Contaminated poultry account for more than half of the camylobacteriosis causes in developed countries but diffretn epidemiological picture in developing countries. Peak incidence in children belowone year of age and young adults (15 to 24 years old) BLOODY DIARRHEA. In developing counties where campylobacter are hyperendemic. symptomatic disease occurs in young child WATER DIARRHEA DUE TO FECAL ORAL ROUTE.
  92. Pathogenesis of campylobacter jejuni
    In poultry the bacteria primary lives in the mucus membranes and then spreads to water source and associate with ameobas. After entering body the bacteria crosses the mucus layer and into the intestinal epithelium. PRODUCTION OF ENTOLUCANS AND CHEMOCYANS ill infect neutrophils. DC. an marcophages. Infectious does is about 10.000. Is self limiting and will clear after a few days typically. C. jejuni displays extensive genetic variation. NATURALLY COMPETENT. HORIZONTAL GENE TRANSFER. Occurs in vitro and during chick colonization. CAPSULE!
  93. Guillain Barre Syndrome
    Post infection autoimmune disease associated with C. jejuni. Cross reactiity with peripheral nervous system. joints (reactive arthritis). Destruction of myelin sheath.
  94. Infections of Campylobacter fetus
    Can spread to blood and central nervous system. Resivoir is in cattle sheep. Can cause GI illness but can cause MENINGITIS OR SEPTICEMIA.
  95. Diagnosis of Campylobacter
    Microaerohilic. Increased CO2. Use immunoassay. Culture on charcoal based medium. Since the samples are stoool.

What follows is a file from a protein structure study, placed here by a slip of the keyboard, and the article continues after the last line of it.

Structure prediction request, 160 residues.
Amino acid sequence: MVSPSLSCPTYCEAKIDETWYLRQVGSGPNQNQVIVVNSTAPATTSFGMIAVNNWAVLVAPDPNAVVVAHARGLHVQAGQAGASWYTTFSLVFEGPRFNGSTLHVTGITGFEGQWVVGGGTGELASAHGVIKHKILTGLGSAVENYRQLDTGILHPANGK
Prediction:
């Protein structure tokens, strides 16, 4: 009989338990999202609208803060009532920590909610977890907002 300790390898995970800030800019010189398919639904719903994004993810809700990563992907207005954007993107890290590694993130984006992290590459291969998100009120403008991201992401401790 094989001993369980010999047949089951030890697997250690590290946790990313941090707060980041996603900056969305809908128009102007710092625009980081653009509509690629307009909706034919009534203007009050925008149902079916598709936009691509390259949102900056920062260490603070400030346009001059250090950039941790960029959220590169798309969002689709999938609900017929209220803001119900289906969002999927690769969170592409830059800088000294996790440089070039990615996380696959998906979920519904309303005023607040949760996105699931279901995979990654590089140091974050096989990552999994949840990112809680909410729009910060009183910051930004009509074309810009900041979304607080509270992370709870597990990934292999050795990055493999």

96. Helicobacter pylori
    Major causes of gastritis. peptic ulcers (duodenal and gastric). gastric adenocarcinoma. MALT B-cell lymphoma.
  97. Epidemiology of Helicobacter Infections
    Family clutsers. Possible transmission person to person. 20 percent of people below 40 are infected. 50 above 60 years are infected. H. pylori is uncommon in young children.
  98. Virulence factors of Helicobacter
    UREASE. Flagella. Acid-ihibitory protiens. Adhesions. Heat shock protein
  99. Pathnogenesis of Helicobacter pylori
    Enters stomach acid and penetrates mucus layer then produces Urease taht will produce NH3 and will neutralize the gastric acid. Creates a microenvironment in the stomach. Then they begin to causes inflammation and leads to mucosal cell death.
  100. H. pyloir worldwide phenomenom (WHO/CCL)
    H. pylori is on the list of items that should and possibly could be rated in drinking water supplies from the CCL (contaminant Candidate List). Is WHO classifed as a class I carcinogen because of the associated with gastric malignancies. 50 percent of US pop. are symtomatic or asymptomatic. SOURCE OF HUMAN INFECTION NOT WELL KNOWN.